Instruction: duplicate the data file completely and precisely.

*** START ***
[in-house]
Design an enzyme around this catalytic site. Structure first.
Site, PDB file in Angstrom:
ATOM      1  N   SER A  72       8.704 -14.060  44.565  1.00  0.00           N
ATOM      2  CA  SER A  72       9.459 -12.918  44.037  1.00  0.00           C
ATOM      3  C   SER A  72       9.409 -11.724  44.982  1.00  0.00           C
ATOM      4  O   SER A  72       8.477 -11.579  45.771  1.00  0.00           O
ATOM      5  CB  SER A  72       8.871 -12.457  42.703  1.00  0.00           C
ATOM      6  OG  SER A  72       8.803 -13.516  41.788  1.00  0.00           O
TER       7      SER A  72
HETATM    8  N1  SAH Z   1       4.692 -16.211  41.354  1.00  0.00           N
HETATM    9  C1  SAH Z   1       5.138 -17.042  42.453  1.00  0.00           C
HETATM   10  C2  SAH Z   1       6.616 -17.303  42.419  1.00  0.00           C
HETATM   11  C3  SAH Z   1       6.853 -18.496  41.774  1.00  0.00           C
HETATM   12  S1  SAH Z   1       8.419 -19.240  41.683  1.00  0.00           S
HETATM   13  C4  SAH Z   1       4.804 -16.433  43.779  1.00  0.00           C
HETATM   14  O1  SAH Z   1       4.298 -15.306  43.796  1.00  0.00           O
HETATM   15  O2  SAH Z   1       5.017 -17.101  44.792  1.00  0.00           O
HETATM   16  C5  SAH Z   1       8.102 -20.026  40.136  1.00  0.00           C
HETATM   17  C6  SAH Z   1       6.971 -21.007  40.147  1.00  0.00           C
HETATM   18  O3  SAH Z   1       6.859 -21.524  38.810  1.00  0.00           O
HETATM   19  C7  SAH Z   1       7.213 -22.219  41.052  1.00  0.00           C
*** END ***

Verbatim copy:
[in-house]
Design an enzyme around this catalytic site. Structure first.
Site, PDB file in Angstrom:
ATOM      1  N   SER A  72       8.704 -14.060  44.565  1.00  0.00           N
ATOM      2  CA  SER A  72       9.459 -12.918  44.037  1.00  0.00           C
ATOM      3  C   SER A  72       9.409 -11.724  44.982  1.00  0.00           C
ATOM      4  O   SER A  72       8.477 -11.579  45.771  1.00  0.00           O
ATOM      5  CB  SER A  72       8.871 -12.457  42.703  1.00  0.00           C
ATOM      6  OG  SER A  72       8.803 -13.516  41.788  1.00  0.00           O
TER       7      SER A  72
HETATM    8  N1  SAH Z   1       4.692 -16.211  41.354  1.00  0.00           N
HETATM    9  C1  SAH Z   1       5.138 -17.042  42.453  1.00  0.00           C
HETATM   10  C2  SAH Z   1       6.616 -17.303  42.419  1.00  0.00           C
HETATM   11  C3  SAH Z   1       6.853 -18.496  41.774  1.00  0.00           C
HETATM   12  S1  SAH Z   1       8.419 -19.240  41.683  1.00  0.00           S
HETATM   13  C4  SAH Z   1       4.804 -16.433  43.779  1.00  0.00           C
HETATM   14  O1  SAH Z   1       4.298 -15.306  43.796  1.00  0.00           O
HETATM   15  O2  SAH Z   1       5.017 -17.101  44.792  1.00  0.00           O
HETATM   16  C5  SAH Z   1       8.102 -20.026  40.136  1.00  0.00           C
HETATM   17  C6  SAH Z   1       6.971 -21.007  40.147  1.00  0.00           C
HETATM   18  O3  SAH Z   1       6.859 -21.524  38.810  1.00  0.00           O
HETATM   19  C7  SAH Z   1       7.213 -22.219  41.052  1.00  0.00           C